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How to Identify Leaders

For an organization to grow and continue to meet its goals, it needs a plan in place to identify and develop leaders. Many companies have programs in place for leadership development, but to properly identify leaders is perhaps even more important. It can also be more challenging. When companies identify leaders early in their careers, they have more opportunities to develop their skills. Good leaders are cultivated over a career, not in a period of one to two years, so it’s crucial to start early. How do you identify leaders? What traits do you look for and which do you avoid?

Look for people who have a tolerance for risk

Successful leaders are not afraid of risk. They challenge norms and take calculated risks to push boundaries so that their businesses do not stagnate or lose relevance. Sitting behind a desk with a “business as usual” mindset is is not the mark of a great leader. The world moves too quickly for that business model to be viable.

Avoid people who spend too much time on consensus building

Consensus is important. It can increase employee participation and engagement, but it is time-consuming and doesn’t always lead to the best decisions. We all know that trying to get people to agree on anything can be like trying to herd cats. A leader who spends too much time asking others what direction to take and what the business should be pursuing is not leading. Instead, look for an individual who is interested in the opinions of others, but has his or her own ideas and isn’t afraid to pursue them.

Look for people with personal integrity

Leaders who act with integrity inspire others and make them more willing to follow their vision. Integrity is demonstrated through small actions and behaviors. People with integrity support the team, even when they are under pressure. They take responsibility. When something goes wrong, they don’t blame the economy, co-workers, clients, or anyone and everyone but themselves. Good leaders take responsibility, learn from their mistakes and move on.

Avoid people who are overly competitive and lack humility

Having an ego can be a good thing. It shows confidence and ambition. However, an over-inflated ego can turn into defensiveness and foster a destructive level of competitiveness. Avoid people who view their colleagues and co-workers as rivals rather than teammates; take it personally when someone disagrees with their ideas; or shoot down others’ ideas just because they didn’t think of them first.

Ability to engage, inspire and persuade others

Engaged employees have a positive attitude, and are also more enthusiastic and more profitable to their employers. What are the personality traits of an engaging leader? Writing for Fast Company, Dr. Thomas Chamorro-Premuzic says that engaging leaders tend to be “more emotionally stable, ambitious, sociable, and interpersonally sensitive than others.” In other words, they are calm under pressure, set challenging goals, are communicative, nurture relationships and are attuned to the feelings of others.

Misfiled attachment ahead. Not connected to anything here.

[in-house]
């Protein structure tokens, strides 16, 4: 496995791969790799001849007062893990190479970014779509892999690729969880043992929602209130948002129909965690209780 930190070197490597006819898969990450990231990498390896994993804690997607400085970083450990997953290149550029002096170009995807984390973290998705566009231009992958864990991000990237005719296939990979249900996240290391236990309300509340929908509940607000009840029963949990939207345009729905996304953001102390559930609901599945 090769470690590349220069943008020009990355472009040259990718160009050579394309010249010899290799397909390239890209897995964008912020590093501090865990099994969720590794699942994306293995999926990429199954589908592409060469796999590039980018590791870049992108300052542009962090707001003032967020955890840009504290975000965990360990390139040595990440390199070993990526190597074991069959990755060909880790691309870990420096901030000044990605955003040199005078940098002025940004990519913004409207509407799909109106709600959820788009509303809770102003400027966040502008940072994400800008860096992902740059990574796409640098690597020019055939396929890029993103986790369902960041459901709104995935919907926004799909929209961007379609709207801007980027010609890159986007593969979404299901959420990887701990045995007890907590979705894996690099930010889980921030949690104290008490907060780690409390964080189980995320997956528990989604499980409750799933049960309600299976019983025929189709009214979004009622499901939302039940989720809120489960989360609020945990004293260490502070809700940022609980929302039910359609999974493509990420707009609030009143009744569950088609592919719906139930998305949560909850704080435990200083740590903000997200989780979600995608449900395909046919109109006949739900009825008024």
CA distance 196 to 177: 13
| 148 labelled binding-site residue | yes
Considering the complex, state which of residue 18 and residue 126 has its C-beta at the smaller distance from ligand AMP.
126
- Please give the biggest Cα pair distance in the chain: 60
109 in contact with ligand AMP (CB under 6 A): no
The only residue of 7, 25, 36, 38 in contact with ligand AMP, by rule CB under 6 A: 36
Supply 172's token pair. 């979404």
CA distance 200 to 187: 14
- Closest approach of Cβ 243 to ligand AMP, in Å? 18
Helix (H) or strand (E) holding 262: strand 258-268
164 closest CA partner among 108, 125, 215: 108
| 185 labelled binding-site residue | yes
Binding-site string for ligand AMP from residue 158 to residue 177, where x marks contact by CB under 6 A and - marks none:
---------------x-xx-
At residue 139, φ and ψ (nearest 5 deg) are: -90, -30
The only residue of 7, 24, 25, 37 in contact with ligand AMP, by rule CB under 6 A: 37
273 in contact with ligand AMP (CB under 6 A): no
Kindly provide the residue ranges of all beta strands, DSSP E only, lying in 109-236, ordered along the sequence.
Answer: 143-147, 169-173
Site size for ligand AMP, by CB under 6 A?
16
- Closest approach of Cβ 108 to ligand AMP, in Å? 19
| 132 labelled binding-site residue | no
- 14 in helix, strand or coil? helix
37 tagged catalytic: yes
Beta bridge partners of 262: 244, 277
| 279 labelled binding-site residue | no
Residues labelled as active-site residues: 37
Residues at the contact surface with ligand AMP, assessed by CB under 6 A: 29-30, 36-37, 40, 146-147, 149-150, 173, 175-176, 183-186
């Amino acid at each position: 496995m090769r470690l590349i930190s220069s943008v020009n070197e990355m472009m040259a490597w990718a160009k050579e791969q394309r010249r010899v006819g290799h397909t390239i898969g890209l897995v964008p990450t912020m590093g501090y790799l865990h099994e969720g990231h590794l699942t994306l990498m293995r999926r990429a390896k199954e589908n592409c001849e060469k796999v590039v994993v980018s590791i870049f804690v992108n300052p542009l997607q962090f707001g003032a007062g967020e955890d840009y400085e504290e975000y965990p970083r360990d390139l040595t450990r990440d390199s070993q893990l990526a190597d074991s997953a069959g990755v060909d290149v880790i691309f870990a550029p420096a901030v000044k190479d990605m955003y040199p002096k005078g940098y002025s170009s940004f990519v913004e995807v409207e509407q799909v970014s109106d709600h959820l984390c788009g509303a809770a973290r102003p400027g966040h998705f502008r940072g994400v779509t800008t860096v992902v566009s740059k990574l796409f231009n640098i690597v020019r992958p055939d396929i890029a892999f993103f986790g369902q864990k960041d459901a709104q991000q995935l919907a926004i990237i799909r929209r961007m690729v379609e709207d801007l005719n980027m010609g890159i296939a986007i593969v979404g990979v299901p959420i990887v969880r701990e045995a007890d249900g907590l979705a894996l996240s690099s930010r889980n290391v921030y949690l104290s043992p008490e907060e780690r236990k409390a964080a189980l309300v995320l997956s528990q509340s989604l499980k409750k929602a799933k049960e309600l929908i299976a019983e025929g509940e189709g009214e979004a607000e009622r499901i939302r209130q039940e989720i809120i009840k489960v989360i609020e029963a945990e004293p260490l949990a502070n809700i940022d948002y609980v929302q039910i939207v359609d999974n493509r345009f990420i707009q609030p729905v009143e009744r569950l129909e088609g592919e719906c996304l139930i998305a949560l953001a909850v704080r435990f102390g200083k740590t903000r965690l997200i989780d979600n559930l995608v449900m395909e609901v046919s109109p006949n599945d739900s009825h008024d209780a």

Avoid workaholics who can’t delegate

In companies where long hours and working evenings and weekends are valued, workaholics may be promoted quickly, but these people rarely make good leaders. They are often difficult to work for and with and unfairly judge others on hours worked rather than their accomplishments. They have trouble delegating to others, take on more work than they can effectively handle, and mistakenly believe they are the only ones who can do the job. Rather than looking for people who spend the most time at work, seek out individuals who leave the office on time every night – because they managed to find a way to work smarter.

Leadership development programs can help refine the skills of a natural leader, but without innate talent, visionary leaders cannot be easily manufactured. Look for these traits early and nurture them. When you develop great leaders, your company will be chasing vision, not just goals.

Identifying leaders is just a small part of the bigger picture – to learn more about succession planning check out  our white paper!

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Author

Janet Berry-Johnson

Janet Berry-Johnson is a CPA and a freelance writer with a background in accounting and insurance. Her writing has appeared in Forbes, Guyvorce, Magnify Money, Freshbooks, Intuit's Firm of the Future, Discover Student Loans, and Chase News & Stories. Janet lives in Arizona with her husband and son and their rescue dog, Dexter.

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